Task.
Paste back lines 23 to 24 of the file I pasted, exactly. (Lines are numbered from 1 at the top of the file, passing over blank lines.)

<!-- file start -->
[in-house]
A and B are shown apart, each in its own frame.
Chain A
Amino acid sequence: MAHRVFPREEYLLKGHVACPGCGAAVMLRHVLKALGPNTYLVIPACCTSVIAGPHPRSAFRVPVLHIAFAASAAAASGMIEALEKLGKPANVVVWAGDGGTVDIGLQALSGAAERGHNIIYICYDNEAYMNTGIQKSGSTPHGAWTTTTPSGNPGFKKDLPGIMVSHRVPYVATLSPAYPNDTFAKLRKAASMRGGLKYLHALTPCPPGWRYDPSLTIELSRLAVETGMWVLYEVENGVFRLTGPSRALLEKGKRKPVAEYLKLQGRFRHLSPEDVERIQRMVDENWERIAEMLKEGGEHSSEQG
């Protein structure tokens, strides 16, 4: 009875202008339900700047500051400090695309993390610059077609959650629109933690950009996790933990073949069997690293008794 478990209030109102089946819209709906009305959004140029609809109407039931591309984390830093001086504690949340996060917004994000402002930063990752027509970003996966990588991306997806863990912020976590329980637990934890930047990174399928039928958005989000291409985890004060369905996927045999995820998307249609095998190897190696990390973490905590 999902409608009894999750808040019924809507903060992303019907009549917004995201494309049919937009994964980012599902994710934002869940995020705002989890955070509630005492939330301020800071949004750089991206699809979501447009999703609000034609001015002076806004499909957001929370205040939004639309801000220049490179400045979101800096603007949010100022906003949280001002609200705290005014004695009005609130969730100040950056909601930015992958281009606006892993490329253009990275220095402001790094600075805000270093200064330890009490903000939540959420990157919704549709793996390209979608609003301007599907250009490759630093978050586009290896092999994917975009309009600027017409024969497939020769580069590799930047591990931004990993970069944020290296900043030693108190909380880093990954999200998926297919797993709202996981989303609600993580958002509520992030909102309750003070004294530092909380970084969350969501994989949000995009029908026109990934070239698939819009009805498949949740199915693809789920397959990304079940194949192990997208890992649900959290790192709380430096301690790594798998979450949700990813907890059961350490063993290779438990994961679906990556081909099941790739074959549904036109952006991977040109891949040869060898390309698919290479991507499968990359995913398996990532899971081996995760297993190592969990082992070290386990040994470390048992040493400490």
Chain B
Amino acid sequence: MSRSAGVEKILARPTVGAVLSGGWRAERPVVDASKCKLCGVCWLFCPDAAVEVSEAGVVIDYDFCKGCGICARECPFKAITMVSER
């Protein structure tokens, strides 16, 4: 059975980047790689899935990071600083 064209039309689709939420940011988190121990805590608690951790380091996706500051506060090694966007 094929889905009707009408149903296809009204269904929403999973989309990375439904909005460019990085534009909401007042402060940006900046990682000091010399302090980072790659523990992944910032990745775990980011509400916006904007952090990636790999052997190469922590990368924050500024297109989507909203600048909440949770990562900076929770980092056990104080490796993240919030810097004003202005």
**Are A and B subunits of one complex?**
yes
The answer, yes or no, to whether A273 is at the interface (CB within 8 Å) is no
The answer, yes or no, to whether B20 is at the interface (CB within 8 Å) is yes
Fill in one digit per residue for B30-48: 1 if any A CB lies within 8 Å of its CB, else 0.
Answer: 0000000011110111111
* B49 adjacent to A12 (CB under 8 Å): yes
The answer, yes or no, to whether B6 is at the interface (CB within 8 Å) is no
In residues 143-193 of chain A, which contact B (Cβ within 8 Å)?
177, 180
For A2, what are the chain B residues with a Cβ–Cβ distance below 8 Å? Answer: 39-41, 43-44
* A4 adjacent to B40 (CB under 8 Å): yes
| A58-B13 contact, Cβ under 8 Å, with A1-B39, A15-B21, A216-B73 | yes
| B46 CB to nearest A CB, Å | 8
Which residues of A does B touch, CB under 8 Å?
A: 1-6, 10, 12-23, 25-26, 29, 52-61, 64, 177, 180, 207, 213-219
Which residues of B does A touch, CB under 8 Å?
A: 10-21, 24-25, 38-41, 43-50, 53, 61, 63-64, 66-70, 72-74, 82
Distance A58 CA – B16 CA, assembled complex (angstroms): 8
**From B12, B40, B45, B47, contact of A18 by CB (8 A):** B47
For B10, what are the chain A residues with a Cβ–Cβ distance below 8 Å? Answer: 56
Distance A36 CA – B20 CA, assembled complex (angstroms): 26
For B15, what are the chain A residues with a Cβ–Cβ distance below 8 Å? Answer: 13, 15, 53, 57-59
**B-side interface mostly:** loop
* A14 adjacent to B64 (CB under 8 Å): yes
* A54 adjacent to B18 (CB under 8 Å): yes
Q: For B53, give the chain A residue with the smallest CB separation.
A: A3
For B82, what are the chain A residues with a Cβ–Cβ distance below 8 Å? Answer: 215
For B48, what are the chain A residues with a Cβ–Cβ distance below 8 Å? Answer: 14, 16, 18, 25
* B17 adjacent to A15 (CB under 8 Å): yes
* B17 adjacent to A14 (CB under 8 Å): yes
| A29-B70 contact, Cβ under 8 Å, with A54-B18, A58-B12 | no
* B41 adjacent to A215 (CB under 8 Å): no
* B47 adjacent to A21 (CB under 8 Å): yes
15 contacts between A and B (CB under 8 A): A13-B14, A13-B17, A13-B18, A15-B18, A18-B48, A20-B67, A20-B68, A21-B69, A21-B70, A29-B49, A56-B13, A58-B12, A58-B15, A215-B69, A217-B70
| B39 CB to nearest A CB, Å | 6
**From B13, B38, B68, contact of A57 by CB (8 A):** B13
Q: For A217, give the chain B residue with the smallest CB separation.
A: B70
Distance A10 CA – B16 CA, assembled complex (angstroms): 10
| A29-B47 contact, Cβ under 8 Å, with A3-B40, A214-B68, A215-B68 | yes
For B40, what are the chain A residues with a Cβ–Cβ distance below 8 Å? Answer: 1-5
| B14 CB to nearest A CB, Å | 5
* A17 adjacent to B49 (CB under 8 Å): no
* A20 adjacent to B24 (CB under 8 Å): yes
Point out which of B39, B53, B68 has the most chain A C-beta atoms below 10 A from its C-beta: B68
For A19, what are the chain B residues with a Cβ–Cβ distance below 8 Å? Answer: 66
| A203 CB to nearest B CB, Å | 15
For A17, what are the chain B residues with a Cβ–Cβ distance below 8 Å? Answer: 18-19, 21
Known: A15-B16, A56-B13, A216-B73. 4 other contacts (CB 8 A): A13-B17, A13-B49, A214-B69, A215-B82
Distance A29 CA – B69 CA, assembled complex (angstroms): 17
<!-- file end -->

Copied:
Which residues of A does B touch, CB under 8 Å?
A: 1-6, 10, 12-23, 25-26, 29, 52-61, 64, 177, 180, 207, 213-219